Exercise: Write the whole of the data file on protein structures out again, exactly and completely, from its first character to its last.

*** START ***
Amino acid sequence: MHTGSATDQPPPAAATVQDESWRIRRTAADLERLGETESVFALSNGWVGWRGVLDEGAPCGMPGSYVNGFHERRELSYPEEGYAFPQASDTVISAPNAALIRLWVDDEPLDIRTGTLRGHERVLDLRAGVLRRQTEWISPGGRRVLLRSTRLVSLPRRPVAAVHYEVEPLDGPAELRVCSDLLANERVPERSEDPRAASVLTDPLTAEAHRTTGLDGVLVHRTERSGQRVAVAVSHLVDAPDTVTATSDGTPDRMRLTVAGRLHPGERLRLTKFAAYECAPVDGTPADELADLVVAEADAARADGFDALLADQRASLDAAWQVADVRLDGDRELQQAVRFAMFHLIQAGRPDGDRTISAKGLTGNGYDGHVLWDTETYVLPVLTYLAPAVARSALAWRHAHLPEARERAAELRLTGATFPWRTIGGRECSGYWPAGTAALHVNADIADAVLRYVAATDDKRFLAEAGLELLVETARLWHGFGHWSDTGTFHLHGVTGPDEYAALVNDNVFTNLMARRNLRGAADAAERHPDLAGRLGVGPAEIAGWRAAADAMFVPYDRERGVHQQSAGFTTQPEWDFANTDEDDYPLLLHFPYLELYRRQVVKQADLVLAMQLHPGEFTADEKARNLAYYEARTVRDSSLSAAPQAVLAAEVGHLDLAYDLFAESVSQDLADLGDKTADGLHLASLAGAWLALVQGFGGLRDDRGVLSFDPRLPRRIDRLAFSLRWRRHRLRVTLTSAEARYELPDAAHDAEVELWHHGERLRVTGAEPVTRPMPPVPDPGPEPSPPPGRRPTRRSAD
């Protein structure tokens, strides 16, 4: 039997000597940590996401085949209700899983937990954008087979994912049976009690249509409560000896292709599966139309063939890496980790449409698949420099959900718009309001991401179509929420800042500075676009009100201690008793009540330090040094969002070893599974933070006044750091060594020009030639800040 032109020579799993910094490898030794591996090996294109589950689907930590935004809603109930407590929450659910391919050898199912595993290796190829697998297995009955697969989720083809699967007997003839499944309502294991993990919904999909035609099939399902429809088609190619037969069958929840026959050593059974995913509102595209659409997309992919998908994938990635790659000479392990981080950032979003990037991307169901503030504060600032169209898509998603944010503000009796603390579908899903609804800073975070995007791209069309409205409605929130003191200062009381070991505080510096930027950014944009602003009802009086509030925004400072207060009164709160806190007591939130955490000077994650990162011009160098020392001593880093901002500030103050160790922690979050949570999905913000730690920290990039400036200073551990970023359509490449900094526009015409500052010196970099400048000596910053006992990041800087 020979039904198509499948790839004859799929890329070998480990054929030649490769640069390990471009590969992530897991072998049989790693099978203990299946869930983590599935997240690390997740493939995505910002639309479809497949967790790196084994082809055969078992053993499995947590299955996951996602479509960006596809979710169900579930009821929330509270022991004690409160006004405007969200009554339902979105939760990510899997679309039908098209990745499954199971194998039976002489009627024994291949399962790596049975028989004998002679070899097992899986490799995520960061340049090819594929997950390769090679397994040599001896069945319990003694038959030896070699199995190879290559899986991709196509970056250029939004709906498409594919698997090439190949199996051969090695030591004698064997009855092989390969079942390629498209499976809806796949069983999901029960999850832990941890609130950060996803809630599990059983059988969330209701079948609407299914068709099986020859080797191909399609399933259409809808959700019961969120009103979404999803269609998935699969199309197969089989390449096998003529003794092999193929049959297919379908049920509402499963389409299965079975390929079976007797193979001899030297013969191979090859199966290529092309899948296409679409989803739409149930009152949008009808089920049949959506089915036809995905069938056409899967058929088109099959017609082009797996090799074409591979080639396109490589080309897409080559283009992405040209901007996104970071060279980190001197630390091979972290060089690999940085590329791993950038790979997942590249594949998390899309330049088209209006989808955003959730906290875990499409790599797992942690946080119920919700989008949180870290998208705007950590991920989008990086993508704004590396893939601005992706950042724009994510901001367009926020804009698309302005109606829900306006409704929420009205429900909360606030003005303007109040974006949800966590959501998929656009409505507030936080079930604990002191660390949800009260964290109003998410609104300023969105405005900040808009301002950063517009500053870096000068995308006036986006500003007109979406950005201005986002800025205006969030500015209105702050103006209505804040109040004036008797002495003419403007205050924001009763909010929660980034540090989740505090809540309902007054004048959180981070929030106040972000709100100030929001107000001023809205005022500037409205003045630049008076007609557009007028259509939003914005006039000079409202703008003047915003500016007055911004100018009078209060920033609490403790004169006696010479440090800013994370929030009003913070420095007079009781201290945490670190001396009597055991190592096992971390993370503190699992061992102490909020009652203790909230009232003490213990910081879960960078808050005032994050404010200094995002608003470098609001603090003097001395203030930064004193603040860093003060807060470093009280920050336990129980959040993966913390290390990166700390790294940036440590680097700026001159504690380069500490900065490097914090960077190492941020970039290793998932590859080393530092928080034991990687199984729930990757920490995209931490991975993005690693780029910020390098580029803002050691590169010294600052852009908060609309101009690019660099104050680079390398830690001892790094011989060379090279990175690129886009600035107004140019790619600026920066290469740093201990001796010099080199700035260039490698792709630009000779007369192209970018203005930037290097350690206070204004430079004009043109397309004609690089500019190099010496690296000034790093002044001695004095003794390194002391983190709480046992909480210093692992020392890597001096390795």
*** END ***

Amino acid sequence: MHTGSATDQPPPAAATVQDESWRIRRTAADLERLGETESVFALSNGWVGWRGVLDEGAPCGMPGSYVNGFHERRELSYPEEGYAFPQASDTVISAPNAALIRLWVDDEPLDIRTGTLRGHERVLDLRAGVLRRQTEWISPGGRRVLLRSTRLVSLPRRPVAAVHYEVEPLDGPAELRVCSDLLANERVPERSEDPRAASVLTDPLTAEAHRTTGLDGVLVHRTERSGQRVAVAVSHLVDAPDTVTATSDGTPDRMRLTVAGRLHPGERLRLTKFAAYECAPVDGTPADELADLVVAEADAARADGFDALLADQRASLDAAWQVADVRLDGDRELQQAVRFAMFHLIQAGRPDGDRTISAKGLTGNGYDGHVLWDTETYVLPVLTYLAPAVARSALAWRHAHLPEARERAAELRLTGATFPWRTIGGRECSGYWPAGTAALHVNADIADAVLRYVAATDDKRFLAEAGLELLVETARLWHGFGHWSDTGTFHLHGVTGPDEYAALVNDNVFTNLMARRNLRGAADAAERHPDLAGRLGVGPAEIAGWRAAADAMFVPYDRERGVHQQSAGFTTQPEWDFANTDEDDYPLLLHFPYLELYRRQVVKQADLVLAMQLHPGEFTADEKARNLAYYEARTVRDSSLSAAPQAVLAAEVGHLDLAYDLFAESVSQDLADLGDKTADGLHLASLAGAWLALVQGFGGLRDDRGVLSFDPRLPRRIDRLAFSLRWRRHRLRVTLTSAEARYELPDAAHDAEVELWHHGERLRVTGAEPVTRPMPPVPDPGPEPSPPPGRRPTRRSAD
């Protein structure tokens, strides 16, 4: 039997000597940590996401085949209700899983937990954008087979994912049976009690249509409560000896292709599966139309063939890496980790449409698949420099959900718009309001991401179509929420800042500075676009009100201690008793009540330090040094969002070893599974933070006044750091060594020009030639800040 032109020579799993910094490898030794591996090996294109589950689907930590935004809603109930407590929450659910391919050898199912595993290796190829697998297995009955697969989720083809699967007997003839499944309502294991993990919904999909035609099939399902429809088609190619037969069958929840026959050593059974995913509102595209659409997309992919998908994938990635790659000479392990981080950032979003990037991307169901503030504060600032169209898509998603944010503000009796603390579908899903609804800073975070995007791209069309409205409605929130003191200062009381070991505080510096930027950014944009602003009802009086509030925004400072207060009164709160806190007591939130955490000077994650990162011009160098020392001593880093901002500030103050160790922690979050949570999905913000730690920290990039400036200073551990970023359509490449900094526009015409500052010196970099400048000596910053006992990041800087 020979039904198509499948790839004859799929890329070998480990054929030649490769640069390990471009590969992530897991072998049989790693099978203990299946869930983590599935997240690390997740493939995505910002639309479809497949967790790196084994082809055969078992053993499995947590299955996951996602479509960006596809979710169900579930009821929330509270022991004690409160006004405007969200009554339902979105939760990510899997679309039908098209990745499954199971194998039976002489009627024994291949399962790596049975028989004998002679070899097992899986490799995520960061340049090819594929997950390769090679397994040599001896069945319990003694038959030896070699199995190879290559899986991709196509970056250029939004709906498409594919698997090439190949199996051969090695030591004698064997009855092989390969079942390629498209499976809806796949069983999901029960999850832990941890609130950060996803809630599990059983059988969330209701079948609407299914068709099986020859080797191909399609399933259409809808959700019961969120009103979404999803269609998935699969199309197969089989390449096998003529003794092999193929049959297919379908049920509402499963389409299965079975390929079976007797193979001899030297013969191979090859199966290529092309899948296409679409989803739409149930009152949008009808089920049949959506089915036809995905069938056409899967058929088109099959017609082009797996090799074409591979080639396109490589080309897409080559283009992405040209901007996104970071060279980190001197630390091979972290060089690999940085590329791993950038790979997942590249594949998390899309330049088209209006989808955003959730906290875990499409790599797992942690946080119920919700989008949180870290998208705007950590991920989008990086993508704004590396893939601005992706950042724009994510901001367009926020804009698309302005109606829900306006409704929420009205429900909360606030003005303007109040974006949800966590959501998929656009409505507030936080079930604990002191660390949800009260964290109003998410609104300023969105405005900040808009301002950063517009500053870096000068995308006036986006500003007109979406950005201005986002800025205006969030500015209105702050103006209505804040109040004036008797002495003419403007205050924001009763909010929660980034540090989740505090809540309902007054004048959180981070929030106040972000709100100030929001107000001023809205005022500037409205003045630049008076007609557009007028259509939003914005006039000079409202703008003047915003500016007055911004100018009078209060920033609490403790004169006696010479440090800013994370929030009003913070420095007079009781201290945490670190001396009597055991190592096992971390993370503190699992061992102490909020009652203790909230009232003490213990910081879960960078808050005032994050404010200094995002608003470098609001603090003097001395203030930064004193603040860093003060807060470093009280920050336990129980959040993966913390290390990166700390790294940036440590680097700026001159504690380069500490900065490097914090960077190492941020970039290793998932590859080393530092928080034991990687199984729930990757920490995209931490991975993005690693780029910020390098580029803002050691590169010294600052852009908060609309101009690019660099104050680079390398830690001892790094011989060379090279990175690129886009600035107004140019790619600026920066290469740093201990001796010099080199700035260039490698792709630009000779007369192209970018203005930037290097350690206070204004430079004009043109397309004609690089500019190099010496690296000034790093002044001695004095003794390194002391983190709480046992909480210093692992020392890597001096390795």